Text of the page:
Feast Day – Our Lady of Sorrows

For a while there were two feasts in honour of the Sorrowful Mother: one going back to the 15th century, the other to the 17th century. For a while both were celebrated by the universal Church: one on the Friday before Palm Sunday, the other in September.

The principal biblical references to Mary’s sorrows are in Luke 2:35 and John 19:26-27. The Lucan passage is Simeon’s prediction about a sword piercing Mary’s soul; the Johannine passage relates Jesus’ words from the cross to Mary and to the beloved disciple.

Many early Church writers interpret the sword as Mary’s sorrows, especially as she saw Jesus die on the cross. Thus, the two passages are brought together as prediction and fulfillment.

Saint Ambrose in particular sees Mary as a sorrowful yet powerful figure at the cross. Mary stood fearlessly at the cross while others fled. Mary looked on her Son’s wounds with pity, but saw in them the salvation of the world. As Jesus hung on the cross, Mary did not fear to be killed, but offered herself to her persecutors.


Reflection

Meanwhile, standing near the cross of Jesus were his mother…. When Jesus saw his mother and the disciple whom he loved standing beside her, he said to his mother, “Woman, here is your son.” Then he said to the disciple, “Here is your mother.” John 19:25-27

John’s account of Jesus’ death is highly symbolic. When Jesus gives the beloved disciple to Mary, we are invited to appreciate Mary’s role in the Church: She symbolizes the Church; the beloved disciple represents all believers. As Mary mothered Jesus, she is now mother to all his followers. Furthermore, as Jesus died, he handed over his Spirit. Mary and the Spirit cooperate in begetting new children of God—almost an echo of Luke’s account of Jesus’ conception. Christians can trust that they will continue to experience the caring presence of Mary and Jesus’ Spirit throughout their lives and throughout history.

When Joseph and Mary presented their newborn Jesus in the Temple, Simeon predicted that a sword would pierce Mary’s heart (Luke 2:35).

There could be no more agonizing piercing for Mary than to watch her son be crucified. As she stood below, silently pouring out her love to him, he looked down and saw her. In that wrenching moment, he entrusted her to John’s care. In anguish she watched him die and be taken to the tomb. On Easter morning, perhaps Mary was the first-person Jesus appeared to when he rose from the dead, holding with wordless tenderness the one who held him in her womb, transforming her piercing sorrow into joy. Beloved Mary, help us feel your son’s love with us in our sorrows.

MARIAN APPARITIONS : OUR LADY OF KIBEHO

Kibeho is a small site located in the southern part of Rwanda, in the administrative district of Nyaruguru.  It is 36 km from the Bishop of Gikongoro’s residence and 30 km from the Bishop of Butare’s residence. Kibeho is also the name given to one of the parishes of the diocese of Gikongoro, founded in 1934 and dedicated to Mary, Mother of God.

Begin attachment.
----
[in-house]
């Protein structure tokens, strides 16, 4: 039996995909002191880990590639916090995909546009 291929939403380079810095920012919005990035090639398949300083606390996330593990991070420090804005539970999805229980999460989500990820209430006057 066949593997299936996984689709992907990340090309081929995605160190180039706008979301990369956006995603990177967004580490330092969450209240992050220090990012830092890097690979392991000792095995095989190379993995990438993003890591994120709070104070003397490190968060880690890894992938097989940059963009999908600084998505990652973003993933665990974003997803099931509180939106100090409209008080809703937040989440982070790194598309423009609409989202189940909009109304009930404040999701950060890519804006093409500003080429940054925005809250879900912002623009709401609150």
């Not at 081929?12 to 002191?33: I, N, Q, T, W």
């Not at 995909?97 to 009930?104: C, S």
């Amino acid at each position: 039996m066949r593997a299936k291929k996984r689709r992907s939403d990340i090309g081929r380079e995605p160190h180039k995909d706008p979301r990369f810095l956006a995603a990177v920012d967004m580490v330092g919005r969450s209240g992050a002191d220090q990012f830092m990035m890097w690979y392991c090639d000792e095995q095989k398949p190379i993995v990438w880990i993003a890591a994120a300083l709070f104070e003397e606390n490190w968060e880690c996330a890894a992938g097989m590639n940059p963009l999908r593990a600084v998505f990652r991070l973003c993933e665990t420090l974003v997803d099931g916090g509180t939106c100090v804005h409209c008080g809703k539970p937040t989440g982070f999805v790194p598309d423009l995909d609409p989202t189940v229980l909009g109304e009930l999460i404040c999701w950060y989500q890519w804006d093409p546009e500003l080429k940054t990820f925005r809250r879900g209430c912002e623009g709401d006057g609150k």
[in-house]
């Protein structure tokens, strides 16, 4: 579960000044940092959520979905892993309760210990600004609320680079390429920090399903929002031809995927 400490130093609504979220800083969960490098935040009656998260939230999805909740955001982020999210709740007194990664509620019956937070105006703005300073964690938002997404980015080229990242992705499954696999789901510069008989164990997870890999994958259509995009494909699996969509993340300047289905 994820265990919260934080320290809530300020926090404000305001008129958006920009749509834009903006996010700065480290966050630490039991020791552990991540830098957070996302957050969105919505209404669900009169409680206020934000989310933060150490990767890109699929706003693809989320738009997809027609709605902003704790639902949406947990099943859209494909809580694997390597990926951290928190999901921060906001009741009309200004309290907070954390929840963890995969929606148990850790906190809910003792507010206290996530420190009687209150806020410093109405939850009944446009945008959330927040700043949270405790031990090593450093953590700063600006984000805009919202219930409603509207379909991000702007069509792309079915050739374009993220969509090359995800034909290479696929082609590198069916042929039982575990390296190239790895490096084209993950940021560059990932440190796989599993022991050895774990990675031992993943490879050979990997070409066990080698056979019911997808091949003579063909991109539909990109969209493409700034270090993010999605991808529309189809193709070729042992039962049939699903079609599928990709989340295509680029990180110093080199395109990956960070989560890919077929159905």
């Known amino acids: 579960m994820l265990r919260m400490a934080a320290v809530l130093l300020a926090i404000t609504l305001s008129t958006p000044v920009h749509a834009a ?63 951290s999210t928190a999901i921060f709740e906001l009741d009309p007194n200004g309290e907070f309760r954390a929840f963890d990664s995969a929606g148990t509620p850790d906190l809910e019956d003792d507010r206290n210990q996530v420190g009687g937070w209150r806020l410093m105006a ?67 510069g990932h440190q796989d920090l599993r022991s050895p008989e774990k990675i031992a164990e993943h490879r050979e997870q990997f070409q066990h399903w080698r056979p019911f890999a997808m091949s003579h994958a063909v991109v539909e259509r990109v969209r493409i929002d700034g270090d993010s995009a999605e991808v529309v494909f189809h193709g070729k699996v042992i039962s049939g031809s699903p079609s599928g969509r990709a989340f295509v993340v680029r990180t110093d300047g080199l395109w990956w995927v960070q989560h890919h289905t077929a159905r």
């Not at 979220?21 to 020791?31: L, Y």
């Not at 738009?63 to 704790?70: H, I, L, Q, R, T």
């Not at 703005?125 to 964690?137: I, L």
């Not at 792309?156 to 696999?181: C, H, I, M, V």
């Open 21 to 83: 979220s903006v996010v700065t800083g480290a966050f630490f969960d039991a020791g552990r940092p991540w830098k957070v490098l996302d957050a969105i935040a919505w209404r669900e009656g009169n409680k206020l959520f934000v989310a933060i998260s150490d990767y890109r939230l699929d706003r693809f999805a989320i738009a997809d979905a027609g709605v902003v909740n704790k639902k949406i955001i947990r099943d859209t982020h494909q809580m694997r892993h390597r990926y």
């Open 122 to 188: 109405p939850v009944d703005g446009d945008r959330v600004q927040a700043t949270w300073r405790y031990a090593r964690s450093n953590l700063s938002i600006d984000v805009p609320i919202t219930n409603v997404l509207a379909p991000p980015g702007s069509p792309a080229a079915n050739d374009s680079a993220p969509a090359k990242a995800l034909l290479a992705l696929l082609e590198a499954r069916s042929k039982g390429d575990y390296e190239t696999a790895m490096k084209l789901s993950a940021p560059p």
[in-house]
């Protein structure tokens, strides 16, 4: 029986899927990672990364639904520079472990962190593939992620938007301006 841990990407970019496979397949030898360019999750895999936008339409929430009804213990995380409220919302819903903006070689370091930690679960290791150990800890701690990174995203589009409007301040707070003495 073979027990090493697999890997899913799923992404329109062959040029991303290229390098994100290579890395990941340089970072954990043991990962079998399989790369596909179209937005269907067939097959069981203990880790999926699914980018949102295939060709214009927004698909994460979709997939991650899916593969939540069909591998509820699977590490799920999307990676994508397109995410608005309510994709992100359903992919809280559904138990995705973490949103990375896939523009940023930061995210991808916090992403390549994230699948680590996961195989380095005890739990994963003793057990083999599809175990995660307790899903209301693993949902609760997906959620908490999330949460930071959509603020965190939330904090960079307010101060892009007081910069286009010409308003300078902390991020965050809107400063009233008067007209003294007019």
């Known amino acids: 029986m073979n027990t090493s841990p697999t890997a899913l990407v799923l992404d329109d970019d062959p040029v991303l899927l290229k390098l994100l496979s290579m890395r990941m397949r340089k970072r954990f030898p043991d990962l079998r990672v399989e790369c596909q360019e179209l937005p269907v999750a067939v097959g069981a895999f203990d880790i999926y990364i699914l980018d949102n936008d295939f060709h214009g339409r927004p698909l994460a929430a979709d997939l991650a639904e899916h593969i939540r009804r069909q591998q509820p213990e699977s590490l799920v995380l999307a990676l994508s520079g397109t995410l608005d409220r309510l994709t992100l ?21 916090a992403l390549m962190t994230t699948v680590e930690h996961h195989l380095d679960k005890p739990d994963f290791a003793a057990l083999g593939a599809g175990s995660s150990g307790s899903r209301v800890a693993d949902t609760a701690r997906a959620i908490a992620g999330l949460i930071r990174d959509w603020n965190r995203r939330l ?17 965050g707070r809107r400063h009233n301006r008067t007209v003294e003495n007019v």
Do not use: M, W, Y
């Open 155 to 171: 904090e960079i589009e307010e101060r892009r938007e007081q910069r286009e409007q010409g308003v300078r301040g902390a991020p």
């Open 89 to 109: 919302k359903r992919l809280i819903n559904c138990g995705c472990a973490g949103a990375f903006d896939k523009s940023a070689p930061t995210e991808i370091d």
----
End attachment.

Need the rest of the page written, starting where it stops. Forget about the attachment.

Today, Kibeho is best known as a place of apparitions and pilgrimages. The first apparition of Mary was on November 28, 1981, when Alphonsine Mumureke, a young student of the Kibeho High School, saw a lady of incomparable beauty who presented herself under the name of “Nyina Wa Jambo,” which means “Mother of the Word.” Alphonsine immediately recognized her as the Blessed Virgin Mary, the Mother of Our Savior Jesus. The phenomenon occurred subsequently and several times in succession, at long or short intervals. The Virgin asked everybody to convert, to keep faith and to pray without hypocrisy.

Alphonsine was born on March 21, 1965, in Cyizihira, in the parish of Zaza, Diocese of Kibungo. Her parents were Thaddée Gakwaya and Mary Immaculate Mukagasana. She was baptized when she was 12 years old, on July 27 1977. At the time of the apparitions, she had just been admitted to the Kibeho High School in October, 1981, immediately after her primary studies. The Kibeho High School, founded in 1967 by a parish priest, Father Grégoire Kamugisha, has changed its name several times in order to conform to the programs of the National Education Ministry. When Alphonsine was admitted in 1981, it was called Kibeho High school; and later, since 1984, “Ecole des Lettres de Kibeho” (Kibeho School of the Letters), and nowadays, since 1998, “Groupe Scolaire Mère du Verbe” (Mother of the Word High school).

The first reactions caused by these unusual events within the community of the Kibeho High School as well as outside of the high school were not temperate. There were a lot of points of view that ranged from skepticism that feared trickery to unswaying belief and intolerance of any skepticism.  At the beginning, Alphonsine was viewed as a mad girl, or an unhappy girl possessed by evil; or, according to some, as a mediocre student wanting to play a prank to make her more accepted in the school conducted by the Congregation of Benebikira Sisters (i.e., Daughters of the Virgin Mary).

Many people begged for signs of credibility. At the time of the ecstasies, students and teachers were free to apply tests on the body of Alphonsine in order to check and to verify her sincerity. It was even suggested that if it was really the Blessed Virgin Mary who had visited the school, they would take it seriously, if she at least appeared to other students instead of just that poor Alphonsine from Gisaka, a region which had a reputation for the practice of magic. Alphonsine asked the Virgin to respond to the challenge by appearing to others and exhorted her schoolmates also to ask her for themselves to receive necessary enlightenment.